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Migrant community mourns Bishop Yeung

HONG KONG (SE): At a Mass on January 6 at Christ the King Chapel, Causeway Bay, the migrant community of Hong Kong sadly mourned the loss of its beloved Bishop Michael Yeung Ming-cheung who had been greatly supportive of migrants. 
 
The Mass in English was celebrated by Indonesian chaplain, Father Heribertus Hadiarto; Filipino chaplain, Father Jay Flandez, and Father Jun Jacobe. Around 400 people from the Indonesian, Filipino, Sri Lankan and Vietnamese communities took part.
 
A shrine with a black and white picture of the bishop, surrounded by candles and purple silk, was set up on the left hand side of the altar.
 
Father Flandez said during the homily that the death of the bishop came as a shock for his friends as the bishop had been hiding his sickness in order to shepherd his flock. He said the bishop had shown an example of how to overcome the fear of death by embracing our faith and taking care of our spiritual life. 
 
He then invited Silvia Setia Petra, a representative of the migrant community, and Sister Corazon Demetillo, the director of the Diocesan Pastoral Centre for Filipinos, to share their memories of the bishop.
 
Petra said she and her family were shocked by Bishop Yeung’s loss of weight when they picked him up and drove him to the chapel to celebrate the migrant Mass on October 21 last year. But the bishop was still cheerful and full of spirit during the ride and said nothing about his health. She believes he set a good example for priests, demonstrating the meaning of sacrifice to the end.
 
She also recalled making a mistake as an emcee during a Mass celebrated by the bishop three years ago. When she apologised to him afterward, she recalled that he had a big smile on his face, telling her not to think too much about it. She thanked the bishop for giving them an example of a good shepherd and expressed the migrants’ love for him.
 
Sister Demetillo said she was impressed by the bishop’s friendliness when she first met him as he approached her and welcomed her to the diocese. She said she met the bishop several times later to inquire about the direction of her job and he gave her simple but clear answers.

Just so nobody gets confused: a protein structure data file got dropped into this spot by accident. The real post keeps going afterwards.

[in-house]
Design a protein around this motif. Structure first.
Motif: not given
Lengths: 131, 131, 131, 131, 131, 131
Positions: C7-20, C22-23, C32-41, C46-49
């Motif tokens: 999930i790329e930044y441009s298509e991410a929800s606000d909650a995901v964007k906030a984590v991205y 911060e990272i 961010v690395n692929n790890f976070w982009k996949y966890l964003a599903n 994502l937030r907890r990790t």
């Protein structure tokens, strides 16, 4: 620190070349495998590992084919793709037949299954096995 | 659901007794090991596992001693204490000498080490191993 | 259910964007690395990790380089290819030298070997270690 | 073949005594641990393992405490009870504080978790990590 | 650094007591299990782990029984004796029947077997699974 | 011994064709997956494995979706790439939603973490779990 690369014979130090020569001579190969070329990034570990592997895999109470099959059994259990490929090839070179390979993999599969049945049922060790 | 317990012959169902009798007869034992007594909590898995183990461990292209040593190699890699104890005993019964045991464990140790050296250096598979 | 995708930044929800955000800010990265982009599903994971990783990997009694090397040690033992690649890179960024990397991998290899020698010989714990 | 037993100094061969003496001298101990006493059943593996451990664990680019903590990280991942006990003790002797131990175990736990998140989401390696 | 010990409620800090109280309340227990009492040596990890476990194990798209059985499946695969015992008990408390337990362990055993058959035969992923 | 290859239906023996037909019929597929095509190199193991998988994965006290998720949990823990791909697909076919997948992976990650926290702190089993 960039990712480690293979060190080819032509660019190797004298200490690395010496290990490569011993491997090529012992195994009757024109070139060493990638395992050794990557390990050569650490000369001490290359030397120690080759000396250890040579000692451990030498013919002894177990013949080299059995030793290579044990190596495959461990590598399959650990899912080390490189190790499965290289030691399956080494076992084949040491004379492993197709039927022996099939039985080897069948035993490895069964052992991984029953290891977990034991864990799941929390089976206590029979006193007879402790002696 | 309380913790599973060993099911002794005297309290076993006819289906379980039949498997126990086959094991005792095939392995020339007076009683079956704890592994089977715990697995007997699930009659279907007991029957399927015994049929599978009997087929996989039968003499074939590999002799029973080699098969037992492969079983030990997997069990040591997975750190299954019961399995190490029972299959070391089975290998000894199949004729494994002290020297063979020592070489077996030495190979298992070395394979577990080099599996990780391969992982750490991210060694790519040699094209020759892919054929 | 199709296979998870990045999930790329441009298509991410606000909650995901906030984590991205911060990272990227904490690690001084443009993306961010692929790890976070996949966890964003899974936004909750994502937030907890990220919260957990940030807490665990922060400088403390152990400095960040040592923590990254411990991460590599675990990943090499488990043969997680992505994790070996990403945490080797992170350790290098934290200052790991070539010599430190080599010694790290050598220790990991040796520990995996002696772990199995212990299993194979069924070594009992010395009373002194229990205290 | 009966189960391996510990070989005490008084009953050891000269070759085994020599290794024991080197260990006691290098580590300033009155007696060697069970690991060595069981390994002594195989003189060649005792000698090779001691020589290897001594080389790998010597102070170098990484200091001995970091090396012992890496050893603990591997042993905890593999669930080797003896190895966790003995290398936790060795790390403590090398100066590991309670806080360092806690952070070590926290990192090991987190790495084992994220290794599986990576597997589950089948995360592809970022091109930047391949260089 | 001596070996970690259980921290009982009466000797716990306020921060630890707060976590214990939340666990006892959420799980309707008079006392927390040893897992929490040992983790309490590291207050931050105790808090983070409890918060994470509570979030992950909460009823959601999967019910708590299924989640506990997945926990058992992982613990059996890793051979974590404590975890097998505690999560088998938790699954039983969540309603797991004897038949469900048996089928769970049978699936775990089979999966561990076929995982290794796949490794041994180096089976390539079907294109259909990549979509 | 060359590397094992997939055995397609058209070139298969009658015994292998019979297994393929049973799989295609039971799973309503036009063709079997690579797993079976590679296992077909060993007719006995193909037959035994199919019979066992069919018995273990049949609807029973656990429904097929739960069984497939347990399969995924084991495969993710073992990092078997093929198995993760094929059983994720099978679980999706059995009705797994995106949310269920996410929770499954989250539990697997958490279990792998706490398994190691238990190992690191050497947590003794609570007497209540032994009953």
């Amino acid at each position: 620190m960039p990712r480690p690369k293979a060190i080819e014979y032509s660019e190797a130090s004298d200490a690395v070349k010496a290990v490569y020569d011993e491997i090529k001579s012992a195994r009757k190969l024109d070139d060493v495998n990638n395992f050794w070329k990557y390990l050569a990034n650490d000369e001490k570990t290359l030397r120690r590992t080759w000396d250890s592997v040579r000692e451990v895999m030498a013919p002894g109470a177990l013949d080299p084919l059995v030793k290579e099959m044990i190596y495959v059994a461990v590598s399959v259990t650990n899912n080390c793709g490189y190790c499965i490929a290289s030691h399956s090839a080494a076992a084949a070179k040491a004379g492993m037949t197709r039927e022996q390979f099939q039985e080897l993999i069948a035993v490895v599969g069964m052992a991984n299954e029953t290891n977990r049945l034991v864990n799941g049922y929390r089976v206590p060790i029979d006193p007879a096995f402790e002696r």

Sister Demetillo said she remembered that the bishop looked really pale when he celebrated the last Mass for migrants on October 21 and she was worried as she watched him at the altar. But he was able to continue and pose graciously for pictures at the end of the Mass.
 
She said that during the meeting of the Diocesan Commission for Pastoral Services to Migrant Workers on December 11 last year, Bishop Yeung, who was chairperson of the commission, was weak and finished the meeting—held every two months—with difficulty. 
 
Sister Demetillo thanked the bishop for being a good shepherd who carried out his mission until the end with love for the poor, the migrants and all people.
 
At the end of the Mass, Father Jacobe also thanked the bishop for his commitment to serve migrants. As a member of the Diocesan Commission for Pastoral Services to Migrant Workers, he explained that the commission has been headed by the bishops of Hong Kong due to the large number of migrants and the big need for resources and services. 
 
He hoped that the next bishop will go on with this legacy and have the same considerations for migrants. 
 
Father Hadiarto then sprinkled holy water onto the picture of the bishop. The congregation was then invited to line up to pay a floral tribute to the late bishop.
 
Sister Felicitas Nisperos, the former director of the Diocesan Pastoral Centre for Filipinos told the Sunday Examiner that she was really sad for the loss of a good friend.

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